Legion wants confirmation that ‘2011 rule’ not being used: On March 21, in the matter of National Association of Veterans Advocates v. Shinseki, the U.S. Court of Appeals for the Federal Circuit sternly admonished the Department of Veteran Affairs for illegally denying claims based on an improperly instituted rule issued Aug. 23, 2011. That regulation, referred to in the legal proceedings as the “2011 rule," was promulgated wrongly without proper appearance in the Federal Register for public comment. The rule severely disadvantaged veteran claimants undergoing appeals, and in the words of the court caused, “[t]he unwarranted denial of benefits [which] means real-world consequences to veterans. [And,] promises of hypothetical relief do not pay for food or provide needed medical care.” The American Legion is developing a letter, to be addressed to VA Secretary Shinseki, seeking evidence that the “2011 rule” is no longer being used.
Letter of support: The American Legion on March 22 sent a letter of support to Sen. Tom Udall of New Mexico, giving our organization’s support for an amendment to S. Con. Res. 8, the fiscal year 2014 Senate budget resolution which would give VA more discretion for the appropriations of funds to address veterans rural health care. Many rural veterans are currently in need of increasing medical care, and must travel long distances to see doctors for primary, emergency and specialty care. Telehealth is working to alleviate the need for travel to major hubs and should be expanded. Udall’s amendment would support other programs which may increase access to health care. Related American Legion resolution.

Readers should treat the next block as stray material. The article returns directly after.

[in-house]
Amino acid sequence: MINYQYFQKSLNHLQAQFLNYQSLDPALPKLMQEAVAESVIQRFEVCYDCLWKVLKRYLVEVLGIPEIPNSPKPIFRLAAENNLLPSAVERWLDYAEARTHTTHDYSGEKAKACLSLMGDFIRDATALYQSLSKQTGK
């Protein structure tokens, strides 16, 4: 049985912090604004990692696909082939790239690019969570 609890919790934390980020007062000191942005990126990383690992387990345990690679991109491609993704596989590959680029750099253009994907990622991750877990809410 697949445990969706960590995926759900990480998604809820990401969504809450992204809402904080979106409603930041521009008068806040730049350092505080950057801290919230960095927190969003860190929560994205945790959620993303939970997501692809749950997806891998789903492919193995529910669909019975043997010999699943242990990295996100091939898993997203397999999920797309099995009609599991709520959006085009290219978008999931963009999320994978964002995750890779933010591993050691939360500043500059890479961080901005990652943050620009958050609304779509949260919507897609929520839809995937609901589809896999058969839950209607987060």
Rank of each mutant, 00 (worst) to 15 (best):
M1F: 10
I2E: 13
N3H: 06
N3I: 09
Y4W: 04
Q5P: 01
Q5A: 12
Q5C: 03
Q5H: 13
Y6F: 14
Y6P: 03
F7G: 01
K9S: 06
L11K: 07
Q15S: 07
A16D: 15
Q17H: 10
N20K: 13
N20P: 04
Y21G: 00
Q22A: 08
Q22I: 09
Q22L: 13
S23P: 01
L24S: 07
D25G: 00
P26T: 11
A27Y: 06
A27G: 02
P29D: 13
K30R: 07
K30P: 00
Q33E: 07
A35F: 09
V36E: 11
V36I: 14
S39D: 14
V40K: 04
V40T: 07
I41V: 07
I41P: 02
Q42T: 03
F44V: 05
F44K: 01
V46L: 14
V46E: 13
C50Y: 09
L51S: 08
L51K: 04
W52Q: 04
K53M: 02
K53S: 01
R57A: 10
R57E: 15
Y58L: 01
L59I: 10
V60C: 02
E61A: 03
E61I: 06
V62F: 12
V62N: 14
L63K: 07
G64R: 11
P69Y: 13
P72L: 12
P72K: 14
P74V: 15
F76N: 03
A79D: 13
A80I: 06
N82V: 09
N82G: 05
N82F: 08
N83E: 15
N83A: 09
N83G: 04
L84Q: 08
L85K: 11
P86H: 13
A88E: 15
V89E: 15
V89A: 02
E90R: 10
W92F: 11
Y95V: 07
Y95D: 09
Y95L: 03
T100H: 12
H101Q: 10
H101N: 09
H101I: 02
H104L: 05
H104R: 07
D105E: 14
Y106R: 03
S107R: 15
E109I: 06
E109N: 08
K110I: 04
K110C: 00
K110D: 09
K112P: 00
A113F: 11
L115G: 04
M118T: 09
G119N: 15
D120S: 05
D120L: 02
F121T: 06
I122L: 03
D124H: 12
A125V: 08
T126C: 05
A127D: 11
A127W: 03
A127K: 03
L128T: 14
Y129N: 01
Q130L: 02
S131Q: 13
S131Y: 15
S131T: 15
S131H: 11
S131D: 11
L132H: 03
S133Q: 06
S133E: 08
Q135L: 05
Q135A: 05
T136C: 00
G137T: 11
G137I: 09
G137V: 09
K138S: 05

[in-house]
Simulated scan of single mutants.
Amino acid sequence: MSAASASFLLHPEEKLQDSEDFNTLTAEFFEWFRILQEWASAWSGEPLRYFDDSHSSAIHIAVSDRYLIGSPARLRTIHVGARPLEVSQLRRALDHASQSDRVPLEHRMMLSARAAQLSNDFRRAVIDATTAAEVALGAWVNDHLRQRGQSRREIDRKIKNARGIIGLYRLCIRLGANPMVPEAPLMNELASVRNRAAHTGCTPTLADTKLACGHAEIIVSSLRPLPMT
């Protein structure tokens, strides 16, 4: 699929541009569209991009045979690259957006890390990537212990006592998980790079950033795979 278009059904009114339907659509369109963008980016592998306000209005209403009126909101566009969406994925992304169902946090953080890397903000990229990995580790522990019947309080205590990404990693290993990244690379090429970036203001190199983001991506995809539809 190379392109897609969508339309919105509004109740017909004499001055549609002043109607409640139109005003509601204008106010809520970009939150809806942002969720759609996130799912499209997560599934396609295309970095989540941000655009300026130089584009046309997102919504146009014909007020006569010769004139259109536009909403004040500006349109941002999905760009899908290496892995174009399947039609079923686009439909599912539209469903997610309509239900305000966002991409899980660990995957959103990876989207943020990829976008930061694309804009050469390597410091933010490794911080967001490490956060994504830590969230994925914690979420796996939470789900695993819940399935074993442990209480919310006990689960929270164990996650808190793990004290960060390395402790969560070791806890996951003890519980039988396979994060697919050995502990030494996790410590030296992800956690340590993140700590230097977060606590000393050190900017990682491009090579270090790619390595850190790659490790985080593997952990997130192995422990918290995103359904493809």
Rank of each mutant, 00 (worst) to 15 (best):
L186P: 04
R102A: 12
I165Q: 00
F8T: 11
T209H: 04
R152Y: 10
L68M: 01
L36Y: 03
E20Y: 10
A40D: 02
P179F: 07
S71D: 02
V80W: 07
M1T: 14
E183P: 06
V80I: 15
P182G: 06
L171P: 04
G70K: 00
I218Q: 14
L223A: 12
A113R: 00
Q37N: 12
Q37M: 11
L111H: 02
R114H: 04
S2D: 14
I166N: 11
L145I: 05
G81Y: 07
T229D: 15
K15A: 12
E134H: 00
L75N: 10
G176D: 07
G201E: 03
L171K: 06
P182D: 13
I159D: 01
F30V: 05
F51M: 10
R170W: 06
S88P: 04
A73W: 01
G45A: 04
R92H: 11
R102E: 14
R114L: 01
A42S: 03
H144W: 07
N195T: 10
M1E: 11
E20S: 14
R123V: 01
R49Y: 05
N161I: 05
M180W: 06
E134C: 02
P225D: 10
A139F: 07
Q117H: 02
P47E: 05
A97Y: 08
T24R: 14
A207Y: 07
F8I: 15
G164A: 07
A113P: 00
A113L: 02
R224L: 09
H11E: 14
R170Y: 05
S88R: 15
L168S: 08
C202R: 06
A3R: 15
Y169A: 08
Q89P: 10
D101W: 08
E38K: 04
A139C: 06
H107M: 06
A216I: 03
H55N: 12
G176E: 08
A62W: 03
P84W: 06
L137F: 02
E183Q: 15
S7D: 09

Flag amendment: Early in this session of Congress, House Joint Resolution 19 was introduced by Rep. Jo Ann Emerson of Missouri. This legislation is a proposed constitutional amendment to protect the American flag from physical desecration. Its text states simply: “The Congress shall have power to prohibit the physical desecration of the flag of the United States.” The next task is finding co-sponsors for this legislation. Please contact the offices of your representative and senators, and ask them to become co-sponsors of the flag amendment in their respective chambers. Related American Legion resolution.
System Worth Saving: A System Worth Saving site visit will be conducted this week at the William S. Middleton Memorial Veterans Hospital, in Madison, Wis. The SWS theme this cycle is women veterans health care. A town hall meeting will be conducted April 1 from 7-8 p.m. at Cross Plains Post No. 245, 2217 American Legion Drive, Cross Plains, WI 53528.
Claims: During the week ending March 22, the Board of Veterans’ Appeals reached dispositions on 138 American Legion represented appeals. Of those dispositions, 74.6 percent of the denials were overturned with outcomes favorable to the veteran. In 42 cases, the board granted benefits outright after considering The American Legion’s arguments. In 61 cases, The American Legion was able to point out errors in the development of the veteran’s claims which mandated corrective action under the law. Of the total number of dispositions, 28 (20.3 percent) were outright denials.
• Sgt. Ervin A. Frickle, U.S. Army, 9th Infantry Regimental, was lost on Nov. 25, 1950, in the North Korean town of Kujang, astride the Ch’ongch’on River. He was accounted for Feb. 22, 2013.